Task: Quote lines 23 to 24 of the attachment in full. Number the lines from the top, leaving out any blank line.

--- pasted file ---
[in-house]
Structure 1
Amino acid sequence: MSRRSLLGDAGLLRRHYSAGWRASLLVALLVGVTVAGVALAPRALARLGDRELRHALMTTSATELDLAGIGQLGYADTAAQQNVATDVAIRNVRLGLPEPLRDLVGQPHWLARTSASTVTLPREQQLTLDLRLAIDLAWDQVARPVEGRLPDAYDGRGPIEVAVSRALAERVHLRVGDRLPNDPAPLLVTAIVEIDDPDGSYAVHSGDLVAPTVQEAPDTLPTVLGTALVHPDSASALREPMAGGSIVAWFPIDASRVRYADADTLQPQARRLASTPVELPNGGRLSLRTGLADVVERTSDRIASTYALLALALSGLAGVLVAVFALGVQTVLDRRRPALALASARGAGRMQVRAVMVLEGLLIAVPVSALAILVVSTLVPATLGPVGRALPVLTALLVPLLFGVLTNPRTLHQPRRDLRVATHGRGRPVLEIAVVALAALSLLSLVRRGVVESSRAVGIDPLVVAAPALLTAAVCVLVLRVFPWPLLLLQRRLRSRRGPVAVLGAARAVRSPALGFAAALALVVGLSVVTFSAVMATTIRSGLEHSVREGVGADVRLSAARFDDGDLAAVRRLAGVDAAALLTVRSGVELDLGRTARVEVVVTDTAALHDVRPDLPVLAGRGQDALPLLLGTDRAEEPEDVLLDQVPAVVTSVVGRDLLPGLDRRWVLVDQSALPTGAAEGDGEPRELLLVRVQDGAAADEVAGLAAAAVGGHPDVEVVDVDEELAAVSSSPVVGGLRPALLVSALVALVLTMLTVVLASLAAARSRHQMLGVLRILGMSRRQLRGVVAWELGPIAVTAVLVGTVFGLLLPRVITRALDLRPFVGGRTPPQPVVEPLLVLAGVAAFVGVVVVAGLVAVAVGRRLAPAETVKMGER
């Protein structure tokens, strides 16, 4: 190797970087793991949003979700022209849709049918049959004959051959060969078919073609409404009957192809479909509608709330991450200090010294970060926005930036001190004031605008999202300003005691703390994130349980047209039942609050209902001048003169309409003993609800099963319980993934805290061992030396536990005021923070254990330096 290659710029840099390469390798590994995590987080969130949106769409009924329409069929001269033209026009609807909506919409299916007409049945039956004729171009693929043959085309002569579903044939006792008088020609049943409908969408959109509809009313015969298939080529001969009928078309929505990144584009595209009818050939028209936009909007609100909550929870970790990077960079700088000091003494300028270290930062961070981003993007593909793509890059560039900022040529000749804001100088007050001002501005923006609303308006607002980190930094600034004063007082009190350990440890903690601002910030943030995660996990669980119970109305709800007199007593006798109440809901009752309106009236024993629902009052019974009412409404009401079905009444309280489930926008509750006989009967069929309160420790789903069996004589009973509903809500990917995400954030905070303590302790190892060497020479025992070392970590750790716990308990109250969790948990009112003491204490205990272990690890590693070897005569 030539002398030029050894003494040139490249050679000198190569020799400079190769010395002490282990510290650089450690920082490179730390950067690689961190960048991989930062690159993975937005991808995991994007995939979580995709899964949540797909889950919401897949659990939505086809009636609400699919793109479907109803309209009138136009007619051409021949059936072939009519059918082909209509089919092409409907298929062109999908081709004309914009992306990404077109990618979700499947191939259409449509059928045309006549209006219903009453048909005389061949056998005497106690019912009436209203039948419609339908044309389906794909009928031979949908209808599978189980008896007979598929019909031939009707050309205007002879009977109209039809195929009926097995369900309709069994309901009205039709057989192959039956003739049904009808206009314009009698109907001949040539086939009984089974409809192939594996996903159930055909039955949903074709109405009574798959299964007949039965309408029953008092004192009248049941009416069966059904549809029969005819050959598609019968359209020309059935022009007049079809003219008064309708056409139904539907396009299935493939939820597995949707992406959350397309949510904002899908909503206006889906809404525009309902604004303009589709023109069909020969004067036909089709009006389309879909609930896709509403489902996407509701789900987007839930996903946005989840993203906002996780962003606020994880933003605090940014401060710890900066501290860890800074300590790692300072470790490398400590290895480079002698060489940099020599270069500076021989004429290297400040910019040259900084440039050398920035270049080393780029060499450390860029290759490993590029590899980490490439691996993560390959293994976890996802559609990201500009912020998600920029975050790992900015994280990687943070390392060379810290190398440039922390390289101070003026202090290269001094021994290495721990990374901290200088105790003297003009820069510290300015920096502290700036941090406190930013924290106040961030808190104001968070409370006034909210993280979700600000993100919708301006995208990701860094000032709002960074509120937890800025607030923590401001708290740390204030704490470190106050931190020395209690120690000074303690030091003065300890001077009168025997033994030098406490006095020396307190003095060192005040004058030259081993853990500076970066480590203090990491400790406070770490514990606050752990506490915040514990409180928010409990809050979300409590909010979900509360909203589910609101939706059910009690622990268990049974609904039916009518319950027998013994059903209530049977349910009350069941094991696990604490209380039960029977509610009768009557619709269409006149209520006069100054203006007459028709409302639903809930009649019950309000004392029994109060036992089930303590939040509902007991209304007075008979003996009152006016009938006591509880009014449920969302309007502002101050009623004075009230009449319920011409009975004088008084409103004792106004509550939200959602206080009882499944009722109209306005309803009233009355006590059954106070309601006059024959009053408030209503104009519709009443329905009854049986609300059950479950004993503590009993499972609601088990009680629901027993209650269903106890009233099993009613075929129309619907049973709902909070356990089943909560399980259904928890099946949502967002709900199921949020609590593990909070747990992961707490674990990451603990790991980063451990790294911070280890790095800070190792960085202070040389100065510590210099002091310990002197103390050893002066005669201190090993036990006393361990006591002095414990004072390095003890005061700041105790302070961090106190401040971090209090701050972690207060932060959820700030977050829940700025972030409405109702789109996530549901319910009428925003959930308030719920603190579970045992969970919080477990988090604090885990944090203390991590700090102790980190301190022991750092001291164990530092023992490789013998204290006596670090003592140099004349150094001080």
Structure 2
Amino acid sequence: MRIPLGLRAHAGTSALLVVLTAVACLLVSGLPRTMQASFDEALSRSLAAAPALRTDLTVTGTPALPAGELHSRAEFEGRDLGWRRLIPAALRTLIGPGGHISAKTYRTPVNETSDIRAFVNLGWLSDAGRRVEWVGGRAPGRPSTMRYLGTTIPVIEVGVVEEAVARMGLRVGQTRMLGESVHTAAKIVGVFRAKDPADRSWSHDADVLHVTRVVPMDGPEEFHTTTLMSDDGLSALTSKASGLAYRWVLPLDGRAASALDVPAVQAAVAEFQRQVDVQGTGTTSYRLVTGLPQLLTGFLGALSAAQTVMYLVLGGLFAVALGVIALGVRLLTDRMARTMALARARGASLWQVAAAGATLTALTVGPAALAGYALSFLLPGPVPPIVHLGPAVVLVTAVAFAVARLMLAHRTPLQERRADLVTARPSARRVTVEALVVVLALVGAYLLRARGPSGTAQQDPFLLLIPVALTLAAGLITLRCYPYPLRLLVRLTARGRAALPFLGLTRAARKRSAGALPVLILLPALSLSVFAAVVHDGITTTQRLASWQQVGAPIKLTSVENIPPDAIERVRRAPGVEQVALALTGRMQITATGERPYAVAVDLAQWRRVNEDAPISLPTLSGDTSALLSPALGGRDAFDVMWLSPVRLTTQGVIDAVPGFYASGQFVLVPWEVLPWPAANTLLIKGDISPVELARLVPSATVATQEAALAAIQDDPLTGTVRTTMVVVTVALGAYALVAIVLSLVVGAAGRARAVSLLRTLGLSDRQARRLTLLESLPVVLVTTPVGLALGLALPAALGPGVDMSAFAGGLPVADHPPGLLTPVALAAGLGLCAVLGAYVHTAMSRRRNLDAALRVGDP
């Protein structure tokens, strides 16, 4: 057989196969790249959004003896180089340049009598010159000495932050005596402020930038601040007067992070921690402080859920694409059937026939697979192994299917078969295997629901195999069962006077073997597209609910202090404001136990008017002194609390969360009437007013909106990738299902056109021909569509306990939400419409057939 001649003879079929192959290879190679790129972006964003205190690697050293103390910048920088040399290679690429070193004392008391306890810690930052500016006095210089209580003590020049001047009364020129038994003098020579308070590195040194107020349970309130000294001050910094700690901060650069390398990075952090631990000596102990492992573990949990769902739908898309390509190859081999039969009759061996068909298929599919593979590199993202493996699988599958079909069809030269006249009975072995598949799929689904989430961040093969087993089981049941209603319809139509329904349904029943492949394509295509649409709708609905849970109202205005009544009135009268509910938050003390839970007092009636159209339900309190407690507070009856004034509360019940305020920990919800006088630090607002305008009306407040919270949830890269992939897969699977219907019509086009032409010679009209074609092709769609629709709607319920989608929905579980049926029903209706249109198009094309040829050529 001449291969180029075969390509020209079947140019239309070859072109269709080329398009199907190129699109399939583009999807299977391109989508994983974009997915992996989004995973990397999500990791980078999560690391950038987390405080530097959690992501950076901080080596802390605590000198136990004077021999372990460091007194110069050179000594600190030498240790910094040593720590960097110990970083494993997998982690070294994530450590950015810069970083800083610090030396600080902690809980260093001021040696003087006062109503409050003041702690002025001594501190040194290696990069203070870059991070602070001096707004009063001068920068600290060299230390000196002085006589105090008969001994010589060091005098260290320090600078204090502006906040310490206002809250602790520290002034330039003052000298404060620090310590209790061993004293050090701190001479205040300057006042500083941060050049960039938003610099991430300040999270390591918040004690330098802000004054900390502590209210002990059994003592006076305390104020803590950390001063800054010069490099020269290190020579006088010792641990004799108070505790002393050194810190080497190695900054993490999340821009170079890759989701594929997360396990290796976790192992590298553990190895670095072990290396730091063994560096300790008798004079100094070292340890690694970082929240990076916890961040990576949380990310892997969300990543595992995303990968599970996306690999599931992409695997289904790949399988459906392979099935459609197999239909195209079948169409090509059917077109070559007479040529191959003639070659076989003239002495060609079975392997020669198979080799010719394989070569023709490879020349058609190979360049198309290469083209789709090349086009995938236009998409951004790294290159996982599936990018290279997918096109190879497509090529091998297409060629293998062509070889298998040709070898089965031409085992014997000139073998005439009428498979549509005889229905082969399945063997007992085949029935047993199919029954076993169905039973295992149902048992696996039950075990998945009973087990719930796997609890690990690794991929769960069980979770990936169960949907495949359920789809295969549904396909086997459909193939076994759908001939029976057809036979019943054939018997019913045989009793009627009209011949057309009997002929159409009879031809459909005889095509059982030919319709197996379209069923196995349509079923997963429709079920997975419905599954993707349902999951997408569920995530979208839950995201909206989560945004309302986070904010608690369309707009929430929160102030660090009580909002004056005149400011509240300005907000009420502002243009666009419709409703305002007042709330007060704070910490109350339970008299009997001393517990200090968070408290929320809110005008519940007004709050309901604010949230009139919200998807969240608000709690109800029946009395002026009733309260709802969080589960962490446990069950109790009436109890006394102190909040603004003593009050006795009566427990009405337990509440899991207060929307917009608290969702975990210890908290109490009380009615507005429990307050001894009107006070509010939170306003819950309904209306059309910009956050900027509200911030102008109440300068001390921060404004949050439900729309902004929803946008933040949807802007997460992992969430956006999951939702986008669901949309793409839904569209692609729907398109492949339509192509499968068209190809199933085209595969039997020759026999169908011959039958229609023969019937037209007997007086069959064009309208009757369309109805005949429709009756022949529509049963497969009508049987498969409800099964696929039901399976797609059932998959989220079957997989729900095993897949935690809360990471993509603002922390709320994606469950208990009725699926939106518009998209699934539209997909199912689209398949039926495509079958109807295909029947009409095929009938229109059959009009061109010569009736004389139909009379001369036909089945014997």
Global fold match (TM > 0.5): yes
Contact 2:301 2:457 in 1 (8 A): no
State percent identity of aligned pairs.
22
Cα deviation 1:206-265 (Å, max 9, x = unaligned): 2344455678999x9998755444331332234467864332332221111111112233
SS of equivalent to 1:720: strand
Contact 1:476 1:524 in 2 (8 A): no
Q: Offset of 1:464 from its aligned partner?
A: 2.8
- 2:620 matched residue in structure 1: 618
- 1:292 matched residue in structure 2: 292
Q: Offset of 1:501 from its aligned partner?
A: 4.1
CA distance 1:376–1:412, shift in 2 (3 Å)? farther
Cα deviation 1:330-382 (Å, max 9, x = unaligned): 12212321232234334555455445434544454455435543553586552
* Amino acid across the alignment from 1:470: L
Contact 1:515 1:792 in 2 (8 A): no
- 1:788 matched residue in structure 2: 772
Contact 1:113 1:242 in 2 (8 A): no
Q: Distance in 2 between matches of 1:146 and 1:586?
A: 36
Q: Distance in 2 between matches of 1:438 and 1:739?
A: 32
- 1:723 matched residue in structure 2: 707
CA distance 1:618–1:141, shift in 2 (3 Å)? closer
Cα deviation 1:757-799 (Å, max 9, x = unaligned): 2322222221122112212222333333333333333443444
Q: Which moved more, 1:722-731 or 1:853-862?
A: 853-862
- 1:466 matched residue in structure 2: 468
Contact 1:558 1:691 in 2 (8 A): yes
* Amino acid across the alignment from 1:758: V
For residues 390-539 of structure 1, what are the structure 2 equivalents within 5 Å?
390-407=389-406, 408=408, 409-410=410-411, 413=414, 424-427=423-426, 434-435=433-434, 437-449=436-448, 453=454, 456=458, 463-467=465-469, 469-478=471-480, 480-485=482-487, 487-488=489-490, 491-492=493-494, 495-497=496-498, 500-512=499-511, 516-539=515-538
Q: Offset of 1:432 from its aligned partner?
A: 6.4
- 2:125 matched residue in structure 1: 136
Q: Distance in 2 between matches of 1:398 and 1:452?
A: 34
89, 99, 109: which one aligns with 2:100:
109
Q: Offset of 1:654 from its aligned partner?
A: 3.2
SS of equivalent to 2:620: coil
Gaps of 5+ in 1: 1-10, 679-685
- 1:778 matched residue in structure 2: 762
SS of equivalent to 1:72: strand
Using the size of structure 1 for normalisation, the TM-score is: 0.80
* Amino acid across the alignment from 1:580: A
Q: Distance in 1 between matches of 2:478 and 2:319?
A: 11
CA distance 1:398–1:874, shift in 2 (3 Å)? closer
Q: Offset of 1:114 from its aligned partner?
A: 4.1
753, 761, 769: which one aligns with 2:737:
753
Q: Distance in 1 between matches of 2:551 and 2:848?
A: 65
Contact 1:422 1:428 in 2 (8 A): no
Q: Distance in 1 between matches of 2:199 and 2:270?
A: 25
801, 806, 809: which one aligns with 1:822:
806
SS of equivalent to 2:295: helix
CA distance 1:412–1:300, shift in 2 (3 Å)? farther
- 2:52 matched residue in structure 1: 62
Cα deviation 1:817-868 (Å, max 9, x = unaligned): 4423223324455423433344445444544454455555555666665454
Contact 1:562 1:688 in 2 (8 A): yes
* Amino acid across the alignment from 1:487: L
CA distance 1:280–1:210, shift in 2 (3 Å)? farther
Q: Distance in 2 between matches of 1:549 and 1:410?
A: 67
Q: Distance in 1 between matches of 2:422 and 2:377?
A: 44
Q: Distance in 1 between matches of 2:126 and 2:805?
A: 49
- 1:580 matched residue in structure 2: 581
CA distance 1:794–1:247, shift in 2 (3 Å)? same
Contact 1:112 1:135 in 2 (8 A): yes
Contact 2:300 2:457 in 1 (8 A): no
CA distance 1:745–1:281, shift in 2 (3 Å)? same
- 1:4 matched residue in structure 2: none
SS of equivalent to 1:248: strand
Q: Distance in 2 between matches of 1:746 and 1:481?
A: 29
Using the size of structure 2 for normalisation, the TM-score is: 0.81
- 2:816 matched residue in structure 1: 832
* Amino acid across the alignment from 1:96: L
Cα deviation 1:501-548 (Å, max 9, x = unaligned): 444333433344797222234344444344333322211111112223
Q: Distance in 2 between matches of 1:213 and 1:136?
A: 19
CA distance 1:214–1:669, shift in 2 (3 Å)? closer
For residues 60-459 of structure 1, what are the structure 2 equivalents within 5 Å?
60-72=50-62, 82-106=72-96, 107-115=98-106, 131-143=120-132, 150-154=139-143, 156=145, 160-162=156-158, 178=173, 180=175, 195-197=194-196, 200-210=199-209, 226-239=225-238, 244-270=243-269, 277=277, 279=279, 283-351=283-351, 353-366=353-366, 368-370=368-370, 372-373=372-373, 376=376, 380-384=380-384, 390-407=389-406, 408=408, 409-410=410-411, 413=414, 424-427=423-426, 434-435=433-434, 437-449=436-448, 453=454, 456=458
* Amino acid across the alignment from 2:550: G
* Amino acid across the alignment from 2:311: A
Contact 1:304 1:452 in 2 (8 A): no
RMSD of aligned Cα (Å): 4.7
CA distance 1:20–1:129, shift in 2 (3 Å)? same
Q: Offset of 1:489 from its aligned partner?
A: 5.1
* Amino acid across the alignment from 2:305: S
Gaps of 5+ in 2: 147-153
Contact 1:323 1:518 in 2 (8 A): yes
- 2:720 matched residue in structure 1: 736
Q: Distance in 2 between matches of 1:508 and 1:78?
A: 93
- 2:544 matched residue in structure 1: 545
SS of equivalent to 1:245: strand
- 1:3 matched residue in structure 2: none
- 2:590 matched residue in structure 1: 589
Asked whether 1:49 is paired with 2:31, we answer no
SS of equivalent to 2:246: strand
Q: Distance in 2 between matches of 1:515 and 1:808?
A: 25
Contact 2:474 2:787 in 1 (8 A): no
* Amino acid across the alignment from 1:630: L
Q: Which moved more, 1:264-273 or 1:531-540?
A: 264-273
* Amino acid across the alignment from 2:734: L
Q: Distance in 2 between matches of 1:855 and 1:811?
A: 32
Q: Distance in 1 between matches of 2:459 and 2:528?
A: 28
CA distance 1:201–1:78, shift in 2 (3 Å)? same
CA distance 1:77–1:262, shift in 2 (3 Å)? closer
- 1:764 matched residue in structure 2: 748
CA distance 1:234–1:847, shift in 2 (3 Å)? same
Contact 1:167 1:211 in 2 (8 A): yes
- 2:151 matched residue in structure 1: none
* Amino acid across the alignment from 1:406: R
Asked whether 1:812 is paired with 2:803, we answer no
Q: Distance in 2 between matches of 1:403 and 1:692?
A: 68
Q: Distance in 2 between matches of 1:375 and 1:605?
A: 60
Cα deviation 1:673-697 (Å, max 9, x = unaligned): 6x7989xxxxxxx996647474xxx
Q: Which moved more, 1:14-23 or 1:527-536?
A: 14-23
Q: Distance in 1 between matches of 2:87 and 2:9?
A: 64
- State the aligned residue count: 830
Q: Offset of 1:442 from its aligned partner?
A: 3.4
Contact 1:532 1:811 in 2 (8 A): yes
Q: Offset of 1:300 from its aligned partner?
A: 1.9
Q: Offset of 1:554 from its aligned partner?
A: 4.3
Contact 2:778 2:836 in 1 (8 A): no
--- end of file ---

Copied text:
* Amino acid across the alignment from 1:470: L
Contact 1:515 1:792 in 2 (8 A): no